What do you think?

I just forgot why I’m asking you that…!

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Menopause: outlook and outcomes. Is it you? Or them?

Posted by on May 6, 2011 in appearance, hot flash, menopause | 2 comments

When you start flashing and sweating, the whole world, especially the world under the age of 45, is watching and judging, right?

Not so fast. In fact, what I think you think, may not be what you think at all. In other words,  personal attitudes about menopause and its symptoms could be shaping how well or poorly it’s experienced. And this experience may be based in beliefs, moods and perceptions, not reality.

According to research, many women say that menopause makes them feel “stupid, embarrassed, incompetant, unattractive, etc.”

However, more importantly, these women believe that others have the same thoughts about them, which researchers say are likely to influence the types of strategies women use to manage their symptoms, strategies that range from “keeping up appearances” to avoiding social situations altogether.

When I read this, I started to wonder if menopausal women are actually stacking the deck against themselves and contributing to societal attitudes about aging and menopause. What’s more, do women misperceive how younger adults feel when they start flashing around them?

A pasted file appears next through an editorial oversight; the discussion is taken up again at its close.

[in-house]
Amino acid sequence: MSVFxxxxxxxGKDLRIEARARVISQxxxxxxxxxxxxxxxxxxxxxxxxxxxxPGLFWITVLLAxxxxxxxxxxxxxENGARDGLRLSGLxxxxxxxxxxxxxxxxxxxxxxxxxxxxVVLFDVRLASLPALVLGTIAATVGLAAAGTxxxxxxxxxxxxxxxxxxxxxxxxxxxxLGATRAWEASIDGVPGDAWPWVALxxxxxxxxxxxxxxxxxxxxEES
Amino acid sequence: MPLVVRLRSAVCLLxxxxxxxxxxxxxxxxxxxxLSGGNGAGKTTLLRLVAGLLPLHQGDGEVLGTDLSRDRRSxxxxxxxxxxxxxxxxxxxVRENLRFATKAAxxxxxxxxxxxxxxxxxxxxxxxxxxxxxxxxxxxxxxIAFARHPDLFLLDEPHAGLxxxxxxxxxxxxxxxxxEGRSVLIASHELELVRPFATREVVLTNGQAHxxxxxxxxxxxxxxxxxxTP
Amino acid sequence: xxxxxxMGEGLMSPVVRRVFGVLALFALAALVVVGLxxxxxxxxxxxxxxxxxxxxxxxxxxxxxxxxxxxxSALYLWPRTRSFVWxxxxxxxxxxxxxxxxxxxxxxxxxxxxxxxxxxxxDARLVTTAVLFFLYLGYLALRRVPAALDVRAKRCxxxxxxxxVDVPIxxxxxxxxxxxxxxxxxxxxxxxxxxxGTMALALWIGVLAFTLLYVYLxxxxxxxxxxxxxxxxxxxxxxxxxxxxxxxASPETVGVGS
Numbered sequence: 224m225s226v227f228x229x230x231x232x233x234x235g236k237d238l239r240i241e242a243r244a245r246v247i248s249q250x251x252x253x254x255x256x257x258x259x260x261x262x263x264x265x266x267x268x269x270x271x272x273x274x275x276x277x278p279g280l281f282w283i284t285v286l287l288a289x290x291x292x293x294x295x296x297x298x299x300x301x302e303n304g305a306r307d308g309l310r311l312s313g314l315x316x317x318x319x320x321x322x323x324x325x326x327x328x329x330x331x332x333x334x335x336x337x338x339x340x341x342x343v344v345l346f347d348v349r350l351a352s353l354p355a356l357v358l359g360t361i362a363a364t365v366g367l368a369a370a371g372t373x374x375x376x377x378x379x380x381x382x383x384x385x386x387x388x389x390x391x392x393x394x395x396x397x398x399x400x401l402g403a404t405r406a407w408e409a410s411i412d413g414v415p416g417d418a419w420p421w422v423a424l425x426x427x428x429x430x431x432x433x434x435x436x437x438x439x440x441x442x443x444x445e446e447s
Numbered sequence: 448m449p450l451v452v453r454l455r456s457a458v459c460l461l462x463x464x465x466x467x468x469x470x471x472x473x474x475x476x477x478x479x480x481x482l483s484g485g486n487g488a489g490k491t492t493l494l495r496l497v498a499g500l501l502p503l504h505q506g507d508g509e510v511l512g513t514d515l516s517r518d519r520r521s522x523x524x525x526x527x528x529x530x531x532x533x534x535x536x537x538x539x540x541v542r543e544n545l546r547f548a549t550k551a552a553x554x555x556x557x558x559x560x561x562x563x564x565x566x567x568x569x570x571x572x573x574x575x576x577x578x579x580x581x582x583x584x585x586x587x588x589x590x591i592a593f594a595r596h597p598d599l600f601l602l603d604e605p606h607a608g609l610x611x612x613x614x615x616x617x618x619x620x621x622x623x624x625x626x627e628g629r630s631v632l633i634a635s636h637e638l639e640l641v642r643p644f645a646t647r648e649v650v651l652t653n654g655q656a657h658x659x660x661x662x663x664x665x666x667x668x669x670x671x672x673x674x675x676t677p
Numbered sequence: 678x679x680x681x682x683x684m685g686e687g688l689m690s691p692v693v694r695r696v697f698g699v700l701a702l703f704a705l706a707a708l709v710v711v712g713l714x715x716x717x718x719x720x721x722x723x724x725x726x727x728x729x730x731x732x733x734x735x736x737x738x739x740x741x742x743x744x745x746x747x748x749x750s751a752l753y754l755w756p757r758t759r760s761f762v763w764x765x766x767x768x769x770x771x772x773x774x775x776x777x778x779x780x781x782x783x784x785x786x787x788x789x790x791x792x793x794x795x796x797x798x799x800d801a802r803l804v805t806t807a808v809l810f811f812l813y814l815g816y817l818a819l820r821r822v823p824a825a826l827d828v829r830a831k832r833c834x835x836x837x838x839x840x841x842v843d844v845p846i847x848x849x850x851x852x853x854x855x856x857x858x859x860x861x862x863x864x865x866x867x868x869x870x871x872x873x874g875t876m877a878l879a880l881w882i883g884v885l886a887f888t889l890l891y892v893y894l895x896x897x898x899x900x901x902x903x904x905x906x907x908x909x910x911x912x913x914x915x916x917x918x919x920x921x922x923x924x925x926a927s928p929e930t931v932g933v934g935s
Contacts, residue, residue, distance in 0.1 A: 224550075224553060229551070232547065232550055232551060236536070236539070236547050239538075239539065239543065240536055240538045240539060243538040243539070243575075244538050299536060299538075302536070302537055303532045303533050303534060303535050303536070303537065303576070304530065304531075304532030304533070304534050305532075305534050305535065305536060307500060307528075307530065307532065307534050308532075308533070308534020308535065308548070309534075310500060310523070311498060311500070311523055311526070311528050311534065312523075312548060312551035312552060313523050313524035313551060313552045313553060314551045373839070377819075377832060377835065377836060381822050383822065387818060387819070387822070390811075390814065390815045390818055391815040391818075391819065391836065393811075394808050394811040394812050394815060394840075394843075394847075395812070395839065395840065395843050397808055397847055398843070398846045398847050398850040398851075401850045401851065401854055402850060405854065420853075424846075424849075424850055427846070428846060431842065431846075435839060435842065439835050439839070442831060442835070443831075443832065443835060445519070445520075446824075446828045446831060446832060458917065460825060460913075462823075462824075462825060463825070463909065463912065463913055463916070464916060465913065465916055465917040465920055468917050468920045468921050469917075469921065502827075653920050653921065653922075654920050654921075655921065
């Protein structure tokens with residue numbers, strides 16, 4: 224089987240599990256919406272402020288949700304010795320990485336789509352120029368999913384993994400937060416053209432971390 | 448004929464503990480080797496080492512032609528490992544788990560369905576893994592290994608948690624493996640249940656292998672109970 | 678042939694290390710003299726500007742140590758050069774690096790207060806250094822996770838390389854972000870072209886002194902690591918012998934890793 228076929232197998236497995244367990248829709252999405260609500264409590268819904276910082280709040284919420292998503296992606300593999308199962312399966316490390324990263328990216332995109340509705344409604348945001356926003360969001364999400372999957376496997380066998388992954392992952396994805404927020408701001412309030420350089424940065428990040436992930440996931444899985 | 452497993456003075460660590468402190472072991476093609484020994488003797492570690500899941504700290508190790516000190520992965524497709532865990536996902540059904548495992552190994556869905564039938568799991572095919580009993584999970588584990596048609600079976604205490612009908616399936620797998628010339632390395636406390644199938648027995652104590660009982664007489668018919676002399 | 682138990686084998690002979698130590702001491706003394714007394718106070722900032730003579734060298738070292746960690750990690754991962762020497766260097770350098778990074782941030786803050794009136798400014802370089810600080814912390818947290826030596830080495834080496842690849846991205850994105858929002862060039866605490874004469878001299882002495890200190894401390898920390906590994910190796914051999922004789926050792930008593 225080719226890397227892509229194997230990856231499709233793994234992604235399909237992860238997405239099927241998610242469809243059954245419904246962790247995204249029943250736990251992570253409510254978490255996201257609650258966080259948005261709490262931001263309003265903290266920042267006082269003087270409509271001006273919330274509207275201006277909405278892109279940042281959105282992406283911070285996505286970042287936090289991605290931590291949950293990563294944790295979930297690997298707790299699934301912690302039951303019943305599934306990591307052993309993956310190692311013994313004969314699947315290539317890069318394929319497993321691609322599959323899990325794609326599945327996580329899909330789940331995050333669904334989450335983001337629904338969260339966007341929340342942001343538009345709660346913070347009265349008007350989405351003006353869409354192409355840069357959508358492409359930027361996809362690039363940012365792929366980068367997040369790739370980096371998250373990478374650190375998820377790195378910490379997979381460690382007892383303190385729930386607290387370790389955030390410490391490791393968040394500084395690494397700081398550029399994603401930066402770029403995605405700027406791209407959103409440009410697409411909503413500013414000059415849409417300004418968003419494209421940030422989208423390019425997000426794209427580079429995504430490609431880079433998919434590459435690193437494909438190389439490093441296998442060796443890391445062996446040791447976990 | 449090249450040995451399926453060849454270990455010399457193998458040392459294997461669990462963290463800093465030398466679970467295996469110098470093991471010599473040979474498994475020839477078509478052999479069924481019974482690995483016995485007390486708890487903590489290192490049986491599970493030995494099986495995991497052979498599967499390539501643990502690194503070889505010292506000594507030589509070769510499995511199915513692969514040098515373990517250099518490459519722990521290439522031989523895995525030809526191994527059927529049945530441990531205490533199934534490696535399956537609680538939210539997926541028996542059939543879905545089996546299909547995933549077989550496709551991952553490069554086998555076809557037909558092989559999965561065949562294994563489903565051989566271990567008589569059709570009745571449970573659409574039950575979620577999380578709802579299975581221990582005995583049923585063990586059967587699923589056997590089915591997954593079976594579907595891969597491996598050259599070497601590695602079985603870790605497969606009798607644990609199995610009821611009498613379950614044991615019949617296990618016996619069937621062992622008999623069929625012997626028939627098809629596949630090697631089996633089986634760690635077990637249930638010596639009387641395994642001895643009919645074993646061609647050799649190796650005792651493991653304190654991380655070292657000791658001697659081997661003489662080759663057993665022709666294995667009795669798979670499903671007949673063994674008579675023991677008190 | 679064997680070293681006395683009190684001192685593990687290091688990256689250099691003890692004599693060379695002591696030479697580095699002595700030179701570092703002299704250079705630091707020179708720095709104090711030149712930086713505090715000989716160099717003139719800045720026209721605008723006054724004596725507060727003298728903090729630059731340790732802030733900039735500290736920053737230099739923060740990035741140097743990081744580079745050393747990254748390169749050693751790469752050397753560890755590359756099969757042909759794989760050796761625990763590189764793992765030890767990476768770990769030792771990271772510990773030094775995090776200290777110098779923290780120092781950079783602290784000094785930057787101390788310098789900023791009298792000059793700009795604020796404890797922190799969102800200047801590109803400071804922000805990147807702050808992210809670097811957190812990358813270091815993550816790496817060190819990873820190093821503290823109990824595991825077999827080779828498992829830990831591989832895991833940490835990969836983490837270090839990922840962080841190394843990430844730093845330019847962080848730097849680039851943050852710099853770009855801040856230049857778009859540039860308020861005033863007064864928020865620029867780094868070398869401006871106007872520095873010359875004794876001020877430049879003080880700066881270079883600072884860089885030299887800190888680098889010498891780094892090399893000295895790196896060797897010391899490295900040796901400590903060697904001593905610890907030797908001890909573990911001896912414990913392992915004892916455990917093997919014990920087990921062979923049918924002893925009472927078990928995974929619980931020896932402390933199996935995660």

To answer these questions, researchers polled 290 young men and women between the ages of 25 and 45. Almost two thirds were female. The questionnaire was geared towards answer the following:

  • How are hot flash symptoms, namely redness and sweating, perceived when they occur?
  • What types of beliefs exist around menopause?
  • Is there any relationship between age, gender and perception about menopause?

Importantly, over half of those polled attributed a red face to emotions, e.g., embarrassment, anger or stress. However, while younger women tended to attribute redness to an increase in body temperature, younger men tended to believe that redness was related to physical exertion. Similar responses were provided for sweating, with women attributing sweating to a health problem and men, to environmental temperature. Hormonal factors and menopause were reported by less than half (41%) of men and women polled.